Minnesota’s bill to protect seriously ill patients from arrest for using medical marijuana with a doctor’s recommendation cleared another critical milestone today as the Senate Health and Human Services Budget Division passed S.F. 345 ? the medical marijuana bill ? 6?4.
The bipartisan bill, sponsored by Sens. Steve Murphy (DFL-Red Wing), Geoff Michel (R-Edina), Steve Dille (R-Dassel), Linda Higgins (DFL-Minneapolis), and HHS Committee Chair Linda Berglin (DFL-Minneapolis), now heads to the finance committee before going to the Senate floor for a full vote. Meanwhile, H.F. 655 ? the House version of the medical marijuana bill ? continues to make its way through the House of Representatives.
“I’m happy that we are one step closer to passing this bill that will help patients suffering from cancer, MS, and other diseases to receive the care their physicians recommend,” said Murphy, the bill’s lead sponsor.
Earlier this month, a report analyzing government data revealed that state medical marijuana laws do not increase teen use of marijuana in any of the states with laws protecting medical marijuana patients. “Marijuana Use by Young People: The Impact of State Medical Marijuana Laws,” prepared by researcher Mitch Earleywine, Ph.D. of the State University of New York and policy experts at the Marijuana Policy Project in Washington, D.C., compiles and analyzes government data regarding rates of adolescent marijuana use.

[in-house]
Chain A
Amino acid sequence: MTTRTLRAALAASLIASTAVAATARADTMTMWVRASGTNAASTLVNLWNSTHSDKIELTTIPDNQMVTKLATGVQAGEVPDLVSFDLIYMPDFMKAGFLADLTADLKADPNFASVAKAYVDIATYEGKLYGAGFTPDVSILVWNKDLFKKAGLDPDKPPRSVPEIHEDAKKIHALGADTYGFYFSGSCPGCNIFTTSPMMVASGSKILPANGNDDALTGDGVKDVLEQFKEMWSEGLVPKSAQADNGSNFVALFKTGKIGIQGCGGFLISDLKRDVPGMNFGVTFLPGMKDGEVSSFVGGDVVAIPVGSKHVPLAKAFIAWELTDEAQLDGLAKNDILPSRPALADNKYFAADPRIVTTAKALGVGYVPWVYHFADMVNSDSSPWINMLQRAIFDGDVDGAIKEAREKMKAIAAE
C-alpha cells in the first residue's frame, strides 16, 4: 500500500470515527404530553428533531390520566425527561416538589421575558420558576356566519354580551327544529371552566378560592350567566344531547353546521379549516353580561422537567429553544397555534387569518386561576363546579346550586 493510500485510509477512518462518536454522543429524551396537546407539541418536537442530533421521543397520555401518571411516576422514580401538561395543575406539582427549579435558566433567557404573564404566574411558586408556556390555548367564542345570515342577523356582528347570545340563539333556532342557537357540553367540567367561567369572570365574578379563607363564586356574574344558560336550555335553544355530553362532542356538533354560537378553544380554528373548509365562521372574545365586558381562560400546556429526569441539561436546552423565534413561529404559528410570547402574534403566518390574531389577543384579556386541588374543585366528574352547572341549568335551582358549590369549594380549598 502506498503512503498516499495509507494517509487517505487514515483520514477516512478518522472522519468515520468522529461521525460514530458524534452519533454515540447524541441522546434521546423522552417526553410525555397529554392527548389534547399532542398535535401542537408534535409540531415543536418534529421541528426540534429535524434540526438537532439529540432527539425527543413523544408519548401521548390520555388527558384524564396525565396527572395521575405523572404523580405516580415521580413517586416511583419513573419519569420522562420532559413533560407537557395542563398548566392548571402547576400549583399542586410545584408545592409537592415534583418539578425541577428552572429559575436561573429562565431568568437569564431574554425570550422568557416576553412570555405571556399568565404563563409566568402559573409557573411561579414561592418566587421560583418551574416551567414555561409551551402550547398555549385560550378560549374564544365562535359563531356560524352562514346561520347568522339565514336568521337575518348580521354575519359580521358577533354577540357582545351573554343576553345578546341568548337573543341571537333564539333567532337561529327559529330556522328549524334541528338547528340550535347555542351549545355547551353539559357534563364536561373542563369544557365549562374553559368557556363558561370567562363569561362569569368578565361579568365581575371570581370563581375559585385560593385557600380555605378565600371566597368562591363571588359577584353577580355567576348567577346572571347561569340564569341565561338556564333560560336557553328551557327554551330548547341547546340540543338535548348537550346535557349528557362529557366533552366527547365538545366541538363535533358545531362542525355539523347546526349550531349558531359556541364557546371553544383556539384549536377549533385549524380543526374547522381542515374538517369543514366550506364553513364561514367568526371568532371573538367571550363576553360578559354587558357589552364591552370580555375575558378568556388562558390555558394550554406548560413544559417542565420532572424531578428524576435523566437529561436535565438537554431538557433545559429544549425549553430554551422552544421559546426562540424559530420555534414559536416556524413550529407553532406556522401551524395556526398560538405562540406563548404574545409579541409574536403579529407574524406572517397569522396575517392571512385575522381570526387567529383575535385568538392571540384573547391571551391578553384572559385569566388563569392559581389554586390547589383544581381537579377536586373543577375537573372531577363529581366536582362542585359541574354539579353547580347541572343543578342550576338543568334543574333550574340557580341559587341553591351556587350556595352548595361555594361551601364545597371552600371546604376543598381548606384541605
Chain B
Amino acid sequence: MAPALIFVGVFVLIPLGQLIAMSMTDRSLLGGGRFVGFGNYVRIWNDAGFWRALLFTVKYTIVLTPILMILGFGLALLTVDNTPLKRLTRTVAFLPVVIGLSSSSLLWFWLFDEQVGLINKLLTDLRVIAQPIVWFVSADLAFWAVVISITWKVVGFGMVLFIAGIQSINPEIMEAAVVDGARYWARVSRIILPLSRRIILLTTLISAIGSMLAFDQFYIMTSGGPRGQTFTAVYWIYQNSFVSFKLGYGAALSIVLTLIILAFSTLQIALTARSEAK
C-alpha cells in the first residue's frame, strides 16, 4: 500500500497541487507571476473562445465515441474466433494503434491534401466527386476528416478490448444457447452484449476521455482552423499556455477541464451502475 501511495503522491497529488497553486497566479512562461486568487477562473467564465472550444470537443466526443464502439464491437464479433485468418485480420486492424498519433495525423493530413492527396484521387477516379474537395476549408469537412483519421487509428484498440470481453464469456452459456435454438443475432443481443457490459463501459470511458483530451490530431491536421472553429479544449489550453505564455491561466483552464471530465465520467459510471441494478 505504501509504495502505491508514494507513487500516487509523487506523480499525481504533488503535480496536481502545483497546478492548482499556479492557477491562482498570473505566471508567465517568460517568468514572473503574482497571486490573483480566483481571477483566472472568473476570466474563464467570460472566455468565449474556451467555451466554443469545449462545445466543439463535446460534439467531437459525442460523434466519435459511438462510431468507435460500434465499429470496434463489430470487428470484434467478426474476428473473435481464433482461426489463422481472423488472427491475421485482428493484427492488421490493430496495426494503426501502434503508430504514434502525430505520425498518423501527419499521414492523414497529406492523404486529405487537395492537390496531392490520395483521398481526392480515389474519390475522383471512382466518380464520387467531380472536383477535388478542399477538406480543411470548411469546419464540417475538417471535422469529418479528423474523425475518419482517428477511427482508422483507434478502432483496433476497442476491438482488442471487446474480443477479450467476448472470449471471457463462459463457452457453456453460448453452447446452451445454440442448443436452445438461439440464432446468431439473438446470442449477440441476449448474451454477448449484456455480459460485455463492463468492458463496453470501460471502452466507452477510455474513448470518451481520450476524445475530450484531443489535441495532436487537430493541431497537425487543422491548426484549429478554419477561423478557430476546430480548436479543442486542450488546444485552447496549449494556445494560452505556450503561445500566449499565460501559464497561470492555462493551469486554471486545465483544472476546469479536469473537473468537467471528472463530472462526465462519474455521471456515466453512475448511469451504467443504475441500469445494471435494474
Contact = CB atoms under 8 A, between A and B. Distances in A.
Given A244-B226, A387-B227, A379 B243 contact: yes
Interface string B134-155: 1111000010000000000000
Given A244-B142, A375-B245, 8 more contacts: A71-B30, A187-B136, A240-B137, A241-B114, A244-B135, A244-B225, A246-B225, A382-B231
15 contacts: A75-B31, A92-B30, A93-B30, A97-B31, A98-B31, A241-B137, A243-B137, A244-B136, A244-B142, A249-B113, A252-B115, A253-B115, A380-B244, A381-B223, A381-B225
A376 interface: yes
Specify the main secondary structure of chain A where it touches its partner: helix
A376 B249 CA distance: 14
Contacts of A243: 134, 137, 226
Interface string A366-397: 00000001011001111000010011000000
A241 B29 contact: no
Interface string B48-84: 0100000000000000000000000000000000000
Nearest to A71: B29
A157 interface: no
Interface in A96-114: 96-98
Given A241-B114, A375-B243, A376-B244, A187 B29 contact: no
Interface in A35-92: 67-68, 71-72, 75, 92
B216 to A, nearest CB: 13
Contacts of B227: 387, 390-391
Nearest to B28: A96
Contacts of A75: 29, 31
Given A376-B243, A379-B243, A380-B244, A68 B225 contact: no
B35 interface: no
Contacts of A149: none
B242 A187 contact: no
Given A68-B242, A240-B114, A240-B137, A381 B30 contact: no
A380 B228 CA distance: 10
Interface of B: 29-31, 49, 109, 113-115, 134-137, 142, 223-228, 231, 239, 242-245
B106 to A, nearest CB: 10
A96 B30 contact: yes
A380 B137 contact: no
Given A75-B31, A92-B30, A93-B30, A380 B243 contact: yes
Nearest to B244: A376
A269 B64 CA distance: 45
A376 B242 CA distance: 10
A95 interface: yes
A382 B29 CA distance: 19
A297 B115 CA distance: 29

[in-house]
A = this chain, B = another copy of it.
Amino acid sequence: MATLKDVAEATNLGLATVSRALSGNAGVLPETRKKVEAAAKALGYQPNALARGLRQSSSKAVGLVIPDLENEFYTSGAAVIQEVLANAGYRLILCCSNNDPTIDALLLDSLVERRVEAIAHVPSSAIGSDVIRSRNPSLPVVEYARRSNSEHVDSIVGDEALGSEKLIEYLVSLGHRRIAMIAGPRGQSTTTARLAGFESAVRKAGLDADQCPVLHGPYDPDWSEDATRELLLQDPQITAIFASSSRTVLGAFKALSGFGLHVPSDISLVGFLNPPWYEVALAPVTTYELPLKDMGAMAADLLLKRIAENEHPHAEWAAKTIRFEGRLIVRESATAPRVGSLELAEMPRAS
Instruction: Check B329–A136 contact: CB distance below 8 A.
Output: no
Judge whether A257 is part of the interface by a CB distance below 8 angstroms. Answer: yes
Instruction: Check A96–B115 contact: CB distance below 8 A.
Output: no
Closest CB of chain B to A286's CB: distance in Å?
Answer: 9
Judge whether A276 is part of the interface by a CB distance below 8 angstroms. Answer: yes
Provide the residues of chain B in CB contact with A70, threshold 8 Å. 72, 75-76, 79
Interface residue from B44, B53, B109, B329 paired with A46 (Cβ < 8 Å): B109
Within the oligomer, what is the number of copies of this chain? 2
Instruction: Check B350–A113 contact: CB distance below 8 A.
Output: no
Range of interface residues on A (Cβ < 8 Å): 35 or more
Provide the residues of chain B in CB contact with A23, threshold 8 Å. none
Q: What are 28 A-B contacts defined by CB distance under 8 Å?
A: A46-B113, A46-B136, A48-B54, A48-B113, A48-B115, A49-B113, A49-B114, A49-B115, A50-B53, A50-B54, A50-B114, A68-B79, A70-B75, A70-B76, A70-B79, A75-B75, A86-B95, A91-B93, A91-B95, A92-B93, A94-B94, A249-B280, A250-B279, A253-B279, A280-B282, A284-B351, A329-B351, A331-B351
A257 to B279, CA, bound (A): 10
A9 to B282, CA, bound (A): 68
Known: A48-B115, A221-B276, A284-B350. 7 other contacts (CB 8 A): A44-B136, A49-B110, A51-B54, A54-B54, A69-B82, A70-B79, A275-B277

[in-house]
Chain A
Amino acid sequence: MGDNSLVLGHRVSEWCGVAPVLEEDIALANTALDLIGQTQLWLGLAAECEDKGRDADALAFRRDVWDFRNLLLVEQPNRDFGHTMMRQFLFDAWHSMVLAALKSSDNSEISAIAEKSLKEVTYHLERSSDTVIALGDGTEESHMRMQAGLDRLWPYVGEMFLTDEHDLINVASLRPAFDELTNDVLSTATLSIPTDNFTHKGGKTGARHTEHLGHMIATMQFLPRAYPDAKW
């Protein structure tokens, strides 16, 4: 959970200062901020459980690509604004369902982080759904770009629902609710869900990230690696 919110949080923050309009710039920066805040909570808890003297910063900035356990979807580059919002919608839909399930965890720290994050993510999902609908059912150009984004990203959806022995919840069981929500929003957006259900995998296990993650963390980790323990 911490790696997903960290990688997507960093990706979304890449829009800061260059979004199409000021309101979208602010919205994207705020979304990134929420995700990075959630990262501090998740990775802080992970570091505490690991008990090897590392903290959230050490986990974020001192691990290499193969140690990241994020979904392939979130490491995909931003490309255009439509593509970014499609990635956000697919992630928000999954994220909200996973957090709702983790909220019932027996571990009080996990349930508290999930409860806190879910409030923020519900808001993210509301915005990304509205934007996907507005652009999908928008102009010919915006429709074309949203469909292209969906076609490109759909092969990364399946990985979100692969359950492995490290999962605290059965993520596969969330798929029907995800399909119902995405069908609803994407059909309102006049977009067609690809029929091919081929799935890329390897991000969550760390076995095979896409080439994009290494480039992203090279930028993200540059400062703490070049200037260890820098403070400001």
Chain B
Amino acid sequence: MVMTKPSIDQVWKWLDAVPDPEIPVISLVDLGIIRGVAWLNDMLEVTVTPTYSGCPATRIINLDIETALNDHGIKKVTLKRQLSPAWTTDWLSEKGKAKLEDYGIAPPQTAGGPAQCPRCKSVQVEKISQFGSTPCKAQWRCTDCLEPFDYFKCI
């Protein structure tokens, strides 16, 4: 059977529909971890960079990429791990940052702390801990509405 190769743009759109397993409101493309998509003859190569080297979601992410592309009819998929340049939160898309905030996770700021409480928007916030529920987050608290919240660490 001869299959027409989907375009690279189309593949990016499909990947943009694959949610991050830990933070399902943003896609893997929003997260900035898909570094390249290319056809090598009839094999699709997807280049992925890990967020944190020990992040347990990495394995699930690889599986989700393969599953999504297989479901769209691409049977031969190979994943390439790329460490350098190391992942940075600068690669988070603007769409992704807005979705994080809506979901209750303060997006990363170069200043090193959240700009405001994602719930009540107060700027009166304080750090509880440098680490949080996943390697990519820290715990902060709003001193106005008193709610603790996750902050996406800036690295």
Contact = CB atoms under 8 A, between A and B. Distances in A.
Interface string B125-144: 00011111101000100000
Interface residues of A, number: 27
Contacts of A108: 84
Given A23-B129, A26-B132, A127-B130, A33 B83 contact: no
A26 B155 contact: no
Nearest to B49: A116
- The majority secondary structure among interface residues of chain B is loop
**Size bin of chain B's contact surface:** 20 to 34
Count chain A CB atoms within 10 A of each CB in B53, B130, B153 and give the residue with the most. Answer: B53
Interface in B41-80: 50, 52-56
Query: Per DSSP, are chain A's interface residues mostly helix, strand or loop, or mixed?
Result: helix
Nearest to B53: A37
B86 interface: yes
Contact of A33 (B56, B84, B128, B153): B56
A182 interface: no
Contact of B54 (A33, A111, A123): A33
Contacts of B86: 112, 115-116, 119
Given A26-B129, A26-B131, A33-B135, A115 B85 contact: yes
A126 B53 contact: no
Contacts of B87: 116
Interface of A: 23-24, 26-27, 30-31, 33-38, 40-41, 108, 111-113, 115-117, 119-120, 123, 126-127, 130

The report, available for download at www.mpp.org/teens, finds that marijuana use among teens has decreased across the country. Overall, states with medical marijuana laws had slightly more favorable trends than the national rates. Alaska, Hawaii, Maine, and Nevada all had slightly greater decreases in teen marijuana use than the national average, and California and Washington experienced significantly greater decreases.
The overwhelming bulk of scientific evidence supports medical marijuana’s safety and efficacy in treating the pain, nausea, and appetite loss associated with serious diseases such as cancer, HIV/AIDS, and multiple sclerosis. A University of California study published February in the journal Neurology found marijuana to be effective at relieving a type of neuropathic pain common among patients with HIV/AIDS and multiple sclerosis. There are no FDA-approved treatments for this pain caused by damage to the nerves that affects at least 9 million Americans.